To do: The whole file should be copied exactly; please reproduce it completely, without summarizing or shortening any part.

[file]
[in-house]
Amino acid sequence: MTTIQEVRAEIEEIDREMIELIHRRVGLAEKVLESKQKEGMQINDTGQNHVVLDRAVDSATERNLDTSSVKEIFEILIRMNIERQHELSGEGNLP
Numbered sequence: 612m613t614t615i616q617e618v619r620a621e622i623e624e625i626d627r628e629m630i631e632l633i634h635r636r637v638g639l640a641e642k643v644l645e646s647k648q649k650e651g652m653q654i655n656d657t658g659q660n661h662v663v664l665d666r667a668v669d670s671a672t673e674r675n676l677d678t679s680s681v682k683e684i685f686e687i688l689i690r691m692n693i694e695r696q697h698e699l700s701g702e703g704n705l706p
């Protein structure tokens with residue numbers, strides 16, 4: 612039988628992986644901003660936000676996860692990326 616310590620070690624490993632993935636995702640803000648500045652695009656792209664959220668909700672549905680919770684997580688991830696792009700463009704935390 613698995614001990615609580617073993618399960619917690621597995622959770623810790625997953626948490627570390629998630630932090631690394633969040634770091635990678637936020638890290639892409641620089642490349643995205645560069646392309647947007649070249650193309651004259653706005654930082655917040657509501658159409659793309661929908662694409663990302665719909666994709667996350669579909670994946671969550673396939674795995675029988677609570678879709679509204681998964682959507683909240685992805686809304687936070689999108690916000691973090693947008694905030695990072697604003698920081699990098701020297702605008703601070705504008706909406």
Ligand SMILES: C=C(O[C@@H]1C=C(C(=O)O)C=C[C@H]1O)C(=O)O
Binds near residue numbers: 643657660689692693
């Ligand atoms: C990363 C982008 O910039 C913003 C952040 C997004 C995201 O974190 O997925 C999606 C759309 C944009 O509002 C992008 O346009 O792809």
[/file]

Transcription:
[in-house]
Amino acid sequence: MTTIQEVRAEIEEIDREMIELIHRRVGLAEKVLESKQKEGMQINDTGQNHVVLDRAVDSATERNLDTSSVKEIFEILIRMNIERQHELSGEGNLP
Numbered sequence: 612m613t614t615i616q617e618v619r620a621e622i623e624e625i626d627r628e629m630i631e632l633i634h635r636r637v638g639l640a641e642k643v644l645e646s647k648q649k650e651g652m653q654i655n656d657t658g659q660n661h662v663v664l665d666r667a668v669d670s671a672t673e674r675n676l677d678t679s680s681v682k683e684i685f686e687i688l689i690r691m692n693i694e695r696q697h698e699l700s701g702e703g704n705l706p
């Protein structure tokens with residue numbers, strides 16, 4: 612039988628992986644901003660936000676996860692990326 616310590620070690624490993632993935636995702640803000648500045652695009656792209664959220668909700672549905680919770684997580688991830696792009700463009704935390 613698995614001990615609580617073993618399960619917690621597995622959770623810790625997953626948490627570390629998630630932090631690394633969040634770091635990678637936020638890290639892409641620089642490349643995205645560069646392309647947007649070249650193309651004259653706005654930082655917040657509501658159409659793309661929908662694409663990302665719909666994709667996350669579909670994946671969550673396939674795995675029988677609570678879709679509204681998964682959507683909240685992805686809304687936070689999108690916000691973090693947008694905030695990072697604003698920081699990098701020297702605008703601070705504008706909406």
Ligand SMILES: C=C(O[C@@H]1C=C(C(=O)O)C=C[C@H]1O)C(=O)O
Binds near residue numbers: 643657660689692693
């Ligand atoms: C990363 C982008 O910039 C913003 C952040 C997004 C995201 O974190 O997925 C999606 C759309 C944009 O509002 C992008 O346009 O792809």